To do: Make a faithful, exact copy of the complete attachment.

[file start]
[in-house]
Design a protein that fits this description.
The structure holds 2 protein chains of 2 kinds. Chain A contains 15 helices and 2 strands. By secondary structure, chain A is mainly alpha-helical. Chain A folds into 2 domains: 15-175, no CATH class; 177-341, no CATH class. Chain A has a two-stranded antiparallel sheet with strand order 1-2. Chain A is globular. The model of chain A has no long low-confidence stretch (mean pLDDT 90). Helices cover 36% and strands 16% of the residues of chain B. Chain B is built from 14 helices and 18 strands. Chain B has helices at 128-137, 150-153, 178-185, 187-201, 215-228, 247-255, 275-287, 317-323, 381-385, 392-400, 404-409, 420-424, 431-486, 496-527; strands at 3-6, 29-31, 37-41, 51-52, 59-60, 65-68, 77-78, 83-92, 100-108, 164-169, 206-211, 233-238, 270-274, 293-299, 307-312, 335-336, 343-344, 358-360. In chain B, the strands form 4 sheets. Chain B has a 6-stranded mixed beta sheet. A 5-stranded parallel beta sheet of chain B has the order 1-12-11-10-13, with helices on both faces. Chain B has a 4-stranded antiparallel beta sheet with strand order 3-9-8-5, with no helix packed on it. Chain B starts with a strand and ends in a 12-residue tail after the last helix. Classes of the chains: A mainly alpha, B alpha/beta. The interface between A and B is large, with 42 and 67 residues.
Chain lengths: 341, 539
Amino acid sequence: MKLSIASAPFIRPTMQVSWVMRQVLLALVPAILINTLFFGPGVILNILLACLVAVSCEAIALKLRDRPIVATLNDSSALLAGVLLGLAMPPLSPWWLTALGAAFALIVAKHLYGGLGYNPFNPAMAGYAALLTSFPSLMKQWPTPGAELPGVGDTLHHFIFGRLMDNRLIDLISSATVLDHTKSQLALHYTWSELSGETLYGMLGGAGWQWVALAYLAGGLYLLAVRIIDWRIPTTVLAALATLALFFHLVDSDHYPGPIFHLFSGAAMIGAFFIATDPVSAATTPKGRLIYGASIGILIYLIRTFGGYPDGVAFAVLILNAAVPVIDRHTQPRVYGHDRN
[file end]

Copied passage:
[in-house]
Design a protein that fits this description.
The structure holds 2 protein chains of 2 kinds. Chain A contains 15 helices and 2 strands. By secondary structure, chain A is mainly alpha-helical. Chain A folds into 2 domains: 15-175, no CATH class; 177-341, no CATH class. Chain A has a two-stranded antiparallel sheet with strand order 1-2. Chain A is globular. The model of chain A has no long low-confidence stretch (mean pLDDT 90). Helices cover 36% and strands 16% of the residues of chain B. Chain B is built from 14 helices and 18 strands. Chain B has helices at 128-137, 150-153, 178-185, 187-201, 215-228, 247-255, 275-287, 317-323, 381-385, 392-400, 404-409, 420-424, 431-486, 496-527; strands at 3-6, 29-31, 37-41, 51-52, 59-60, 65-68, 77-78, 83-92, 100-108, 164-169, 206-211, 233-238, 270-274, 293-299, 307-312, 335-336, 343-344, 358-360. In chain B, the strands form 4 sheets. Chain B has a 6-stranded mixed beta sheet. A 5-stranded parallel beta sheet of chain B has the order 1-12-11-10-13, with helices on both faces. Chain B has a 4-stranded antiparallel beta sheet with strand order 3-9-8-5, with no helix packed on it. Chain B starts with a strand and ends in a 12-residue tail after the last helix. Classes of the chains: A mainly alpha, B alpha/beta. The interface between A and B is large, with 42 and 67 residues.
Chain lengths: 341, 539
Amino acid sequence: MKLSIASAPFIRPTMQVSWVMRQVLLALVPAILINTLFFGPGVILNILLACLVAVSCEAIALKLRDRPIVATLNDSSALLAGVLLGLAMPPLSPWWLTALGAAFALIVAKHLYGGLGYNPFNPAMAGYAALLTSFPSLMKQWPTPGAELPGVGDTLHHFIFGRLMDNRLIDLISSATVLDHTKSQLALHYTWSELSGETLYGMLGGAGWQWVALAYLAGGLYLLAVRIIDWRIPTTVLAALATLALFFHLVDSDHYPGPIFHLFSGAAMIGAFFIATDPVSAATTPKGRLIYGASIGILIYLIRTFGGYPDGVAFAVLILNAAVPVIDRHTQPRVYGHDRN